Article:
I could tell you exactly where this wave is, and you’d still never surf it.
My local wave is shithouse. Only howling wind slop gets in there, and even then, you might be waiting a month between sessions. It gives you time to think and dream. What would it be like to be a local at a premier surf break? To have your place in the pecking order, well above all the weekend warriors, townies, and bumpkins, and just below the old timer locals. If you wanted to blow off some steam, you could holler and shout at people on the shoulder as you weave down the line. You could force out some meaningless banter as you paddle past them and take their place in the queue.
Dreams are free. For most of us, we have to travel. We are the bumpkins, the have-nots, the blow-ins. We fight for crumbs and get yelled at and dropped in on.
I had traveled a long way to get a taste of this atlantic island, known for its localism. I had been there months without incident.
“Ey! EY!” My buddy and I hear a shout, and see what looks to be an alpha dog waving at us from the channel. We were stood on the rocks, ready to jump in.
“Not here! Not today!”
This had never happened to me before. I pay my dues, I’m not greedy. I smile and wait my turn in the lineup.
“What’d he say?” I turn to my buddy wondering if this was actually happening. His smile told me – Yes, this is actually happening.
“Why not?” I asked, child-like.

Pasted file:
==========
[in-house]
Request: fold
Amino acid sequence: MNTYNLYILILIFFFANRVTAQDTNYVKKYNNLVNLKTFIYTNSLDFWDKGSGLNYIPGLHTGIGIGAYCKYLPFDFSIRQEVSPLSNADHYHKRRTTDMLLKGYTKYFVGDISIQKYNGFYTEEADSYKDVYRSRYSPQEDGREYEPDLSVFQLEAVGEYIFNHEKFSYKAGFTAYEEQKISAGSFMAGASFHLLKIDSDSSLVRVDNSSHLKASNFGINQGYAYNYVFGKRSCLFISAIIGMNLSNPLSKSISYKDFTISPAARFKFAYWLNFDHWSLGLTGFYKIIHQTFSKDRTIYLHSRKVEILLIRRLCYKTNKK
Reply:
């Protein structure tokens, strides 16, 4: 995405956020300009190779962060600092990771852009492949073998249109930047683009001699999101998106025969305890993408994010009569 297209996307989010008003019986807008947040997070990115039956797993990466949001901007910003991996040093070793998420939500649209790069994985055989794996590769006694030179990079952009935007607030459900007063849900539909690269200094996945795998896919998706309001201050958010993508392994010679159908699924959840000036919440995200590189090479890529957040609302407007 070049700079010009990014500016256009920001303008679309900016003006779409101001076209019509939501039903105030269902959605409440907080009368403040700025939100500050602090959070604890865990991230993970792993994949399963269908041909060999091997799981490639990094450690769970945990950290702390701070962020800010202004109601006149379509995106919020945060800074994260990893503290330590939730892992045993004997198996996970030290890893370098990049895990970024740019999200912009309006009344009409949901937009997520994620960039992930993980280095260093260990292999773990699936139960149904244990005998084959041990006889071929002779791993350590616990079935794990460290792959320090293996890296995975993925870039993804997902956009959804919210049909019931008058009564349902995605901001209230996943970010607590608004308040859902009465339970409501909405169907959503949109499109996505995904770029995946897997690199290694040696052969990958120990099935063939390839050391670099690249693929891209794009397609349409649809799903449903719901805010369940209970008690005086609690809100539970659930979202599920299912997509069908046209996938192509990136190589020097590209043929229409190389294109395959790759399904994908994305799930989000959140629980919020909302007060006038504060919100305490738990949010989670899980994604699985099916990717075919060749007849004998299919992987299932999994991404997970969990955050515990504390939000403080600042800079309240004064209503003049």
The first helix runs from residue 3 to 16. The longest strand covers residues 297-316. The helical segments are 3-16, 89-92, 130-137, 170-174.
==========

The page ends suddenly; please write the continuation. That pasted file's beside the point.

“Because I said so!” He roared.
Apparently we were no better than peasants trying to surf a spot reserved only for the King of the Ocean and his minions.
We stood there sheepishly for a few moments. There was an awkward distance between us and the head honcho, still sat in the channel, eyes locked on us, waiting. Fight or flight.
He barked again, waving us off, and that was all we needed to send us on our way. Off we fluttered. There’s no human rights commission in the jungle, no mediation, no one to cry to. So instead we laughed and surfed around the corner and thought up clever comebacks and jiu jitsu moves that we could try out next time.
There are only a few that are lucky enough to grow up in a place with good waves. The rest of us are left to complain in the carpark – the hotdogger taking all the waves, the snakes, the crowds. It never ends.
It would be fine if we all got a turn to be the local once in a while. But you can’t fake it. Hierarchy is built-in, going way back to the old days. You can sense it. My local spot, on the few days a year it has good waves, is void of anyone to flex any muscle on. They don’t bother coming round here. But I have faces in my black book, the guy in the red wetsuit, that fat kid, and now this self proclaimed King from the other side of the world, and if they ever come to my home break…but they won’t.
1 thought on “To be a local”
Mate classic…. that was my local wave in the 80’s as a grommet. I lived on Gordon Road and would race up Ogilvy terrace to get the birds eye view. Did surf it like that on the oh so very rare occasion which we’d rave about for years. Spent hours groveling in absolute dog shite at Blacks and The Pa waiting for the point and wall to turn on. Thanks for capturing and sharing it.